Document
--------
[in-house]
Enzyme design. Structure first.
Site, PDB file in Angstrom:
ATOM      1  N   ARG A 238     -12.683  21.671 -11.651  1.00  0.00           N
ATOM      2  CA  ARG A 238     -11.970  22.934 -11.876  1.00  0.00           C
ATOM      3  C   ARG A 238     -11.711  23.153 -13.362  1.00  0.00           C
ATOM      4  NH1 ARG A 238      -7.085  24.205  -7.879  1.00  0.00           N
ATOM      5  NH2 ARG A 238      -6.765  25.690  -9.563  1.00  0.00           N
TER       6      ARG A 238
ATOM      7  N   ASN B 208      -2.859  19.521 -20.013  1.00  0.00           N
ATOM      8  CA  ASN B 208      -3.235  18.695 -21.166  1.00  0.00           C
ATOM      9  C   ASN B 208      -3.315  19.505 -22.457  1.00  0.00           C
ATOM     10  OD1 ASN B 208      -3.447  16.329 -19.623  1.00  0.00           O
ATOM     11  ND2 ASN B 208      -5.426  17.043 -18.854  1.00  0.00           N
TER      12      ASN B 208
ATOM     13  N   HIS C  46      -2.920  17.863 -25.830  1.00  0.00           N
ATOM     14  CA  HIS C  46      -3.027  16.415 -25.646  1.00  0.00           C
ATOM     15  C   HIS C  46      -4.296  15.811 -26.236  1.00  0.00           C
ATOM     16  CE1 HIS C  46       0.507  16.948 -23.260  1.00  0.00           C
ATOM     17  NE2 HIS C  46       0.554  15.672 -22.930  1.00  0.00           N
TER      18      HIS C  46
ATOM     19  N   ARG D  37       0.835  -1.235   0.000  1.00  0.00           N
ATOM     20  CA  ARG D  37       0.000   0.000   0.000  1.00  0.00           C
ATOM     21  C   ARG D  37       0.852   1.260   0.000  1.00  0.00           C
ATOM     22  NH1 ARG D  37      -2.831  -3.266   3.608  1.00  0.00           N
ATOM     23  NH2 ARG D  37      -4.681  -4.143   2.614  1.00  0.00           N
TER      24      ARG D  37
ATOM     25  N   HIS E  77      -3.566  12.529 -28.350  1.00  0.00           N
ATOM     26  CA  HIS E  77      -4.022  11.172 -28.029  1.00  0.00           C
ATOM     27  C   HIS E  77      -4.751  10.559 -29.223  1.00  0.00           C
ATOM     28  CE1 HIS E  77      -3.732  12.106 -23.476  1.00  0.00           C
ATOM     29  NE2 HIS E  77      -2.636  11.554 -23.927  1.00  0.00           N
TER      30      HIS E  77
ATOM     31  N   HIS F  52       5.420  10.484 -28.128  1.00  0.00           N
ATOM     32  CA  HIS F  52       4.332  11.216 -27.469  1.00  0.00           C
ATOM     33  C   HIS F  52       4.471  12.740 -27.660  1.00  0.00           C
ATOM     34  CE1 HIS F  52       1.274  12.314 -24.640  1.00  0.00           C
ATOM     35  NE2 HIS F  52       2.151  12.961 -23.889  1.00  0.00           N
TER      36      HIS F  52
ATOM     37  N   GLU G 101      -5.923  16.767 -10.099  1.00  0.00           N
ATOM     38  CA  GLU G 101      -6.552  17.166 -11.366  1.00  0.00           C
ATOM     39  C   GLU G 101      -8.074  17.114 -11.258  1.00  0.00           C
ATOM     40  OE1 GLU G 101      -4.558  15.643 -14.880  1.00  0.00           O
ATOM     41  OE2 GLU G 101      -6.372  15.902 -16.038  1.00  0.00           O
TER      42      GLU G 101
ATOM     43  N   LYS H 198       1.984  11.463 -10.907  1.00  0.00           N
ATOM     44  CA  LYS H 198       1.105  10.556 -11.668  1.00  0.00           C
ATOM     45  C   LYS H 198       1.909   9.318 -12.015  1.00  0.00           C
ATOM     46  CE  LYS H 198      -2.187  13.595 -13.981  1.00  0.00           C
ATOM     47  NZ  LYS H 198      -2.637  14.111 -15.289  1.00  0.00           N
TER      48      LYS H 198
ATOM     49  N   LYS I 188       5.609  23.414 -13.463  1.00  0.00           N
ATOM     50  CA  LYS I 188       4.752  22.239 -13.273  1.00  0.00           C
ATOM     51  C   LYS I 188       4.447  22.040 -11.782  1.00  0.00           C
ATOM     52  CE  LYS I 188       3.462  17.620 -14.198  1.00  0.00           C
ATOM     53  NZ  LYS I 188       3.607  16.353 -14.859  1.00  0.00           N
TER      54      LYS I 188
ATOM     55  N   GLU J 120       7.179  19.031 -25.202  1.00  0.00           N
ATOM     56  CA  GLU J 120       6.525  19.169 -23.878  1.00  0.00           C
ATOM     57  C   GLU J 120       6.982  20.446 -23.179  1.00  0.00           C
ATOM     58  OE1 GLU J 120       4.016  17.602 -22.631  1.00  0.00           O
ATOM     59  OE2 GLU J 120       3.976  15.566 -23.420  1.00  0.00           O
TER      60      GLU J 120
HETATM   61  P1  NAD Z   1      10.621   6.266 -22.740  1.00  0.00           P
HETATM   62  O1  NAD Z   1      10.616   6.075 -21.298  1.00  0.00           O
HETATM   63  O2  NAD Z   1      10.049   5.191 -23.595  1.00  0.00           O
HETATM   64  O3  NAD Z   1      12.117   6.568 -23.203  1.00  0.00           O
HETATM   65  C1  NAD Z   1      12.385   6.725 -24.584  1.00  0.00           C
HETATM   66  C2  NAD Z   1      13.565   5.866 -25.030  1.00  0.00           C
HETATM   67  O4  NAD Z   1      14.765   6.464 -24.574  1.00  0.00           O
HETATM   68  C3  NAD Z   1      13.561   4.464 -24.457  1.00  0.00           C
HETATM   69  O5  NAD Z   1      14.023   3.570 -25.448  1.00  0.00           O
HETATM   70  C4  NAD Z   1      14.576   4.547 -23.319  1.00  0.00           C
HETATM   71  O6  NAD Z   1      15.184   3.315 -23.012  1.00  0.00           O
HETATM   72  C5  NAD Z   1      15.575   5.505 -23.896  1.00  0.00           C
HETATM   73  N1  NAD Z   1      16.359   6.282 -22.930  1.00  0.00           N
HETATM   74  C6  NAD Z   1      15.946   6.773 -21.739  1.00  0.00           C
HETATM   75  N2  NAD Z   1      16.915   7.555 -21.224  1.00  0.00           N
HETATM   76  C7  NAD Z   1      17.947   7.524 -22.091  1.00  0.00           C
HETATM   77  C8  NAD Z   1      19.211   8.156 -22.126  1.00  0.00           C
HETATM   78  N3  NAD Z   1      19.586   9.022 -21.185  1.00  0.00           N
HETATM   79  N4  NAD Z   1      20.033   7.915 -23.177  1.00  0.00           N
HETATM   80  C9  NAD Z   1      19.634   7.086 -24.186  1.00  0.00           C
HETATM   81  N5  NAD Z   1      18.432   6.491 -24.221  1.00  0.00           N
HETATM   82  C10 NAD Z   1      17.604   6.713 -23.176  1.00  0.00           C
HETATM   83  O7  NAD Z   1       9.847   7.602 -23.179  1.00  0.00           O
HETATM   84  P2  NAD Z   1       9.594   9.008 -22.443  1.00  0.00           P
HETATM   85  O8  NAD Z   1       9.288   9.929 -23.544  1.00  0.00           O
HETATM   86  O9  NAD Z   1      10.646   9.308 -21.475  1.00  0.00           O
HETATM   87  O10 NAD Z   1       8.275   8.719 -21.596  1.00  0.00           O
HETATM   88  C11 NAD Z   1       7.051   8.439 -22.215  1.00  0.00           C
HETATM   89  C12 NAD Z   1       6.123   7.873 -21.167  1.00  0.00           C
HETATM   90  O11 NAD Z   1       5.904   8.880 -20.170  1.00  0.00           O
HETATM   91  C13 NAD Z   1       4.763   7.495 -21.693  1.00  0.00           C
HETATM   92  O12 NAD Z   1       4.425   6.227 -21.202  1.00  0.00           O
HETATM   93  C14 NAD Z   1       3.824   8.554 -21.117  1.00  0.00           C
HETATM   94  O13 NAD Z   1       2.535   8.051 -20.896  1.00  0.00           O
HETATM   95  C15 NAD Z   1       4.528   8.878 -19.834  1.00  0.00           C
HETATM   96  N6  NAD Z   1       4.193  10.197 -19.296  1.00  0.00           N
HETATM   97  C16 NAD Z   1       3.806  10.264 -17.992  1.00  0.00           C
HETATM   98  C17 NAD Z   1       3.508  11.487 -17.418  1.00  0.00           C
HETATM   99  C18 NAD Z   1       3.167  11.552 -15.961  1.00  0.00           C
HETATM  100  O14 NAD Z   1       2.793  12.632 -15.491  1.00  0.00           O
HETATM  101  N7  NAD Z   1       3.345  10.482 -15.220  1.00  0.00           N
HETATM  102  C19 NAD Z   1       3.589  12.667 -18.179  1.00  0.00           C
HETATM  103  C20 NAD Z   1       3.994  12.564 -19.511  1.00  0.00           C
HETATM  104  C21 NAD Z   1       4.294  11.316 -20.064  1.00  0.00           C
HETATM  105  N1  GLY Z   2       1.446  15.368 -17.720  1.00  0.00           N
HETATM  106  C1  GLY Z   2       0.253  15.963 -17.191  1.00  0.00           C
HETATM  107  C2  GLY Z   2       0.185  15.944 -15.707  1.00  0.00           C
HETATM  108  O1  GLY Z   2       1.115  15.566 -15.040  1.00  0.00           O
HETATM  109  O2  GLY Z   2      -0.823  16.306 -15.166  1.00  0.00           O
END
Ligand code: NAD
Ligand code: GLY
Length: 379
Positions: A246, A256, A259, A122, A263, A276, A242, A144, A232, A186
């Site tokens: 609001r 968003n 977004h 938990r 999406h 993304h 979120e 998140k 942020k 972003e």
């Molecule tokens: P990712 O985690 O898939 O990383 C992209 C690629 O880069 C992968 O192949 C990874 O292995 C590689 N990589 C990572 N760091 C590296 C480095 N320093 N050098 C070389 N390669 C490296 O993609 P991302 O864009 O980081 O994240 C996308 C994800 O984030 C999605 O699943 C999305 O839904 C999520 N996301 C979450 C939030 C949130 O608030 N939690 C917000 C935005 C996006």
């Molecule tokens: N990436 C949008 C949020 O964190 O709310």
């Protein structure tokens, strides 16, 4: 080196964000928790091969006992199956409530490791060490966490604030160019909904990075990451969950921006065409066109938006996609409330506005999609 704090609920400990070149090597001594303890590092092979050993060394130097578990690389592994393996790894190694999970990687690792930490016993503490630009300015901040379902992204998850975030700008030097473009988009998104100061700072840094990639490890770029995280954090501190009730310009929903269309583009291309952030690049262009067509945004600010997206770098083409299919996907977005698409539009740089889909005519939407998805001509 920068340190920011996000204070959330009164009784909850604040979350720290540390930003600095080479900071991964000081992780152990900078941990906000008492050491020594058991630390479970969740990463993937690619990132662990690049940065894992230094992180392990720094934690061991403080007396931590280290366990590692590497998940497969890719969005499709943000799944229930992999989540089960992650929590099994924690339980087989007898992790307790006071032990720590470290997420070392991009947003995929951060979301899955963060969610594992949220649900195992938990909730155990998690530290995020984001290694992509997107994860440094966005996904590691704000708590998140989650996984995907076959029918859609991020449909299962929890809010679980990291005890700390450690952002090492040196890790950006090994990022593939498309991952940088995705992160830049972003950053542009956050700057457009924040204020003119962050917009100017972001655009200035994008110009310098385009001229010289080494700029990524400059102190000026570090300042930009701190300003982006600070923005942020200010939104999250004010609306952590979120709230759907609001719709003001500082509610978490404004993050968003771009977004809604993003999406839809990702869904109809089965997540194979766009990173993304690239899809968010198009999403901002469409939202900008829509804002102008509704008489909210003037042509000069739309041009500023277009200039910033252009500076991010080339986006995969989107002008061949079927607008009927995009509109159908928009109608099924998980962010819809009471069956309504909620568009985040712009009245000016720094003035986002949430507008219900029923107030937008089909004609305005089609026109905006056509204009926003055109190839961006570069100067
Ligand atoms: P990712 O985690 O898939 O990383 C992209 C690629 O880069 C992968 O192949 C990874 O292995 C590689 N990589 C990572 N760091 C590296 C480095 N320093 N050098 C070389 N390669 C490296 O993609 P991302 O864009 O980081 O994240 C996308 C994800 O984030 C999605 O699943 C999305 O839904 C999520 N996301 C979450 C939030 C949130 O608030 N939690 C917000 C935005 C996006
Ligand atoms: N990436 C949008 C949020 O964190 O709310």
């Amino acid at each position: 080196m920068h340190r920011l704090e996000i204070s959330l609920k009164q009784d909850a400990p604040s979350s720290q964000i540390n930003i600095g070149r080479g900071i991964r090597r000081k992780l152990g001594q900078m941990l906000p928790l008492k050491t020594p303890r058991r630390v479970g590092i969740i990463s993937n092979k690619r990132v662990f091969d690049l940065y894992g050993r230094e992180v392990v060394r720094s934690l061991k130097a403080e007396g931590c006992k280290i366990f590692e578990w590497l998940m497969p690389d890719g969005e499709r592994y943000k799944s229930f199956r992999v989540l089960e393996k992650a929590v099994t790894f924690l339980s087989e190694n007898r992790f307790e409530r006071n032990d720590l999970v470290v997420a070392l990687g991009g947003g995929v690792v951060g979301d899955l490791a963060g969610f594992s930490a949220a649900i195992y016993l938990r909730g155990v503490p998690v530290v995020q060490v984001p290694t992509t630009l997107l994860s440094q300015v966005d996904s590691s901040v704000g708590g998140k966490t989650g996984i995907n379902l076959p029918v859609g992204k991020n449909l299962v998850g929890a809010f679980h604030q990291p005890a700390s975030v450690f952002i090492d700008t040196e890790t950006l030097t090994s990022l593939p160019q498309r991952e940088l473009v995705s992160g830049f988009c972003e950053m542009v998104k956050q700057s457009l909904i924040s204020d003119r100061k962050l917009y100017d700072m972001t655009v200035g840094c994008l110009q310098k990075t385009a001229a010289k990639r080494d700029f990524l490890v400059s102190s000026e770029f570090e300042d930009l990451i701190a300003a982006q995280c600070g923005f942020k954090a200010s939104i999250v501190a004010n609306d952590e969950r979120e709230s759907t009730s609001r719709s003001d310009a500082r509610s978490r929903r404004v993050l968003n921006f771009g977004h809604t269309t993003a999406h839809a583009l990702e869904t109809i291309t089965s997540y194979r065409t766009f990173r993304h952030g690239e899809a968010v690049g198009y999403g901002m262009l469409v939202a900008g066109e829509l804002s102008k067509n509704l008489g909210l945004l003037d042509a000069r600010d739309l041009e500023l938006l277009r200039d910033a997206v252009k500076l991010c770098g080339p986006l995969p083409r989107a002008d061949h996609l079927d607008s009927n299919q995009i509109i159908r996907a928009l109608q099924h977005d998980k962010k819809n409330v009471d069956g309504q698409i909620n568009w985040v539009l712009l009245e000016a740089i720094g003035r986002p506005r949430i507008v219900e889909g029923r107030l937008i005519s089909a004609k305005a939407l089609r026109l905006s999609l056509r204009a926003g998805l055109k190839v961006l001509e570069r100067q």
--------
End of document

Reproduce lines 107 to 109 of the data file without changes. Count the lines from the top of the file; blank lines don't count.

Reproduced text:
HETATM  104  C21 NAD Z   1       4.294  11.316 -20.064  1.00  0.00           C
HETATM  105  N1  GLY Z   2       1.446  15.368 -17.720  1.00  0.00           N
HETATM  106  C1  GLY Z   2       0.253  15.963 -17.191  1.00  0.00           C